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When Wells Stop


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Article in today’s New York Times Opinionater column:

Keeping the Water Flowing in Rural Villages
By TINA ROSENBERG

Water pumps and wells in the developing world often fall into disrepair. One program teaches villagers how to maintain them on their own.

From the article:  “In most developing countries, these water points are installed with great fanfare by the government or a charitable group.  They greatly improve the lives of villagers.   Having a water point in or near the village means that women don’t have to spend 6,8, even 12 hours a day on perilous journeys to fetch water from rivers or lakes. The pumps allow girls to go to school instead of staying home to help their mothers fetch water or take care of siblings.  They allow villagers to drink reasonably clean water instead of risking their health with every sip.”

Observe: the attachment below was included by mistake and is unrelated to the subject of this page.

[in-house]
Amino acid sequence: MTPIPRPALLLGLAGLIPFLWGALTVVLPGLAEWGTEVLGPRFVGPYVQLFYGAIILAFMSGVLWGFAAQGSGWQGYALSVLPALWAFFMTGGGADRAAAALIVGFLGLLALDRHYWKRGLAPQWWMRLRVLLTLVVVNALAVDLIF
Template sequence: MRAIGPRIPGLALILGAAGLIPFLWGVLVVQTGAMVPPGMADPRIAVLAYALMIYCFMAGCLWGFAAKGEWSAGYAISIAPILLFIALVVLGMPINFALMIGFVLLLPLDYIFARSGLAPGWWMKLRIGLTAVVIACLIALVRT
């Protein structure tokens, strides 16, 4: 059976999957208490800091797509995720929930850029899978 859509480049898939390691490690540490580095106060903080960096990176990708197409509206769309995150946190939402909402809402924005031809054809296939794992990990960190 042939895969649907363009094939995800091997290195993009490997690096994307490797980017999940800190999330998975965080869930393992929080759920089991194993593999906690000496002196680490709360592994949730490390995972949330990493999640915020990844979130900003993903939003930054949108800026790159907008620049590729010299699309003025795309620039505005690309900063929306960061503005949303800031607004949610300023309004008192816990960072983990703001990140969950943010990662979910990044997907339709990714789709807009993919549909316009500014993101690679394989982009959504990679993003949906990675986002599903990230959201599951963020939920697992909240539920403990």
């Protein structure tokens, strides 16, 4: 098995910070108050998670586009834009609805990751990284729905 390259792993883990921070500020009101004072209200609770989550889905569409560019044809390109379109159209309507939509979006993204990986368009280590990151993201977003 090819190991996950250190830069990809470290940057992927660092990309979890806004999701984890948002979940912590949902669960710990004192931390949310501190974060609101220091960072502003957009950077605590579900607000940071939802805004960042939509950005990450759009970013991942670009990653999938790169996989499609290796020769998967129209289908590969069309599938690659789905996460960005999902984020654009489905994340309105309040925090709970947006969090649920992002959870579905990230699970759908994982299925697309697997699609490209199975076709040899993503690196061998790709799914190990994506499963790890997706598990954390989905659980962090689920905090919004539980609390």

Then, the article goes on to say that Sustainable Water Services at Scale (Triple-S) found that 36 percent of pumps were not working.  In Tanzania one-quarter of water systems less than two years old no longer supplied water to the villagers.

The article is scary.  We don’t want this to happen to Oltorotua’s wells!  A committee composed primarily of women, whose lives are most improved by a steady supply of clean water, has been formed.  Steve King, who wrote the Rotary grant proposal, and two local Rotary colleagues are planning a trip to Oltorotua in February.  They will meet with Catherine Tomno, president of the Nakuru-Great Rift Valley Rotary Club, whose club has agreed to provide project oversight, Jackson Liaram, the village elders, and the water committee.  Building for sustainability raises the initial cost but will save money in the long run.

 

 

 

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